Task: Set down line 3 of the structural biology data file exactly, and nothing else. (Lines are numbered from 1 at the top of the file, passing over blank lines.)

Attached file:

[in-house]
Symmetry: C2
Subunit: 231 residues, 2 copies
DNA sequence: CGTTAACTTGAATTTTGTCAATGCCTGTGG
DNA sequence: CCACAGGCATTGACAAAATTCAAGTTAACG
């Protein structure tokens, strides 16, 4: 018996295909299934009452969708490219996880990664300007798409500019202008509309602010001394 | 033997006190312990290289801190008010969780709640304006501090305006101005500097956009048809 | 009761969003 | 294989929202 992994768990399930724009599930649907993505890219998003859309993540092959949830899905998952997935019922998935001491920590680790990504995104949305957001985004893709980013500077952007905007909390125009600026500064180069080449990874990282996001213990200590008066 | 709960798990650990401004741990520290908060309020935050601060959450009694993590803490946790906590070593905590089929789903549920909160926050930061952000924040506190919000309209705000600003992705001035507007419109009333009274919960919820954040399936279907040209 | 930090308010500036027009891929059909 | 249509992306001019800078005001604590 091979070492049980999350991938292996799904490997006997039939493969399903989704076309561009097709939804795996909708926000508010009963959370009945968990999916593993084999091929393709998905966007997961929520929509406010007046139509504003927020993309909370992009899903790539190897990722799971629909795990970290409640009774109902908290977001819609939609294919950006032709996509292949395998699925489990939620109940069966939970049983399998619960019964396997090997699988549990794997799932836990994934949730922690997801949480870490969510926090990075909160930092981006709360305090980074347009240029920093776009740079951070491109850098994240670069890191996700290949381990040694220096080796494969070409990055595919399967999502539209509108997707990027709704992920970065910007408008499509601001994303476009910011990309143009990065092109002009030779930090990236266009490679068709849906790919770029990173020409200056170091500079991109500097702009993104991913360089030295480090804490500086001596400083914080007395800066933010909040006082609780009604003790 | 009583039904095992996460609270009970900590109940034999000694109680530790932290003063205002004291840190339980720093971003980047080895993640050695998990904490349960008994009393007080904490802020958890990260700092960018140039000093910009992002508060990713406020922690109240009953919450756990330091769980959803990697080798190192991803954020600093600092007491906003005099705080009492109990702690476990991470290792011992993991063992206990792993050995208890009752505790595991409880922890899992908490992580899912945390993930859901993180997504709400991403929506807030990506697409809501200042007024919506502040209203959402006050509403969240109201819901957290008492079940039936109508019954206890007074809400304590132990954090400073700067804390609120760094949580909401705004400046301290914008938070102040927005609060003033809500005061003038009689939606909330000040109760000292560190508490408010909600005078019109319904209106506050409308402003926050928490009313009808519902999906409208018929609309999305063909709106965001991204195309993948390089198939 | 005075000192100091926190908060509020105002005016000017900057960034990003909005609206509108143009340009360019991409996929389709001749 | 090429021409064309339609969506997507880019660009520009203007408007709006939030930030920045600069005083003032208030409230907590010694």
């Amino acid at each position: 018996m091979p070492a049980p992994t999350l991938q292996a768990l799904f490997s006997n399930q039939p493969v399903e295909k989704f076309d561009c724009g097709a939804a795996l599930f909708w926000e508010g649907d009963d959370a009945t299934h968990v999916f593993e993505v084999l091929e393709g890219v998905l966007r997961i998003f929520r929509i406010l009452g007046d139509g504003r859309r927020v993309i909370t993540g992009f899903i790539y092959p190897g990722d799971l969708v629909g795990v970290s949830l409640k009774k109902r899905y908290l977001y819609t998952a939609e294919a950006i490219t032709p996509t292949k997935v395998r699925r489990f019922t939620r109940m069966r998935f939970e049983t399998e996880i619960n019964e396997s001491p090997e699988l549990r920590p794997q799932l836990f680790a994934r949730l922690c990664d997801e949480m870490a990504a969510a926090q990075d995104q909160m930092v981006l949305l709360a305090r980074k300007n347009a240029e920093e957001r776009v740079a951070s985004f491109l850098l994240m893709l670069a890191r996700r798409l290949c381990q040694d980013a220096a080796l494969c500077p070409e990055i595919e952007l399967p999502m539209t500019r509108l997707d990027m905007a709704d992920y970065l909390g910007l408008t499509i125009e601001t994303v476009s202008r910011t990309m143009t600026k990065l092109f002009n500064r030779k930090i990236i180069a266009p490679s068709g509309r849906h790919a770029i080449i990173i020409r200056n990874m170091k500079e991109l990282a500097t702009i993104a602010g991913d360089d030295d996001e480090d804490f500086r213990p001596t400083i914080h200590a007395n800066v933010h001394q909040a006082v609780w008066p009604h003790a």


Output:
Subunit: 231 residues, 2 copies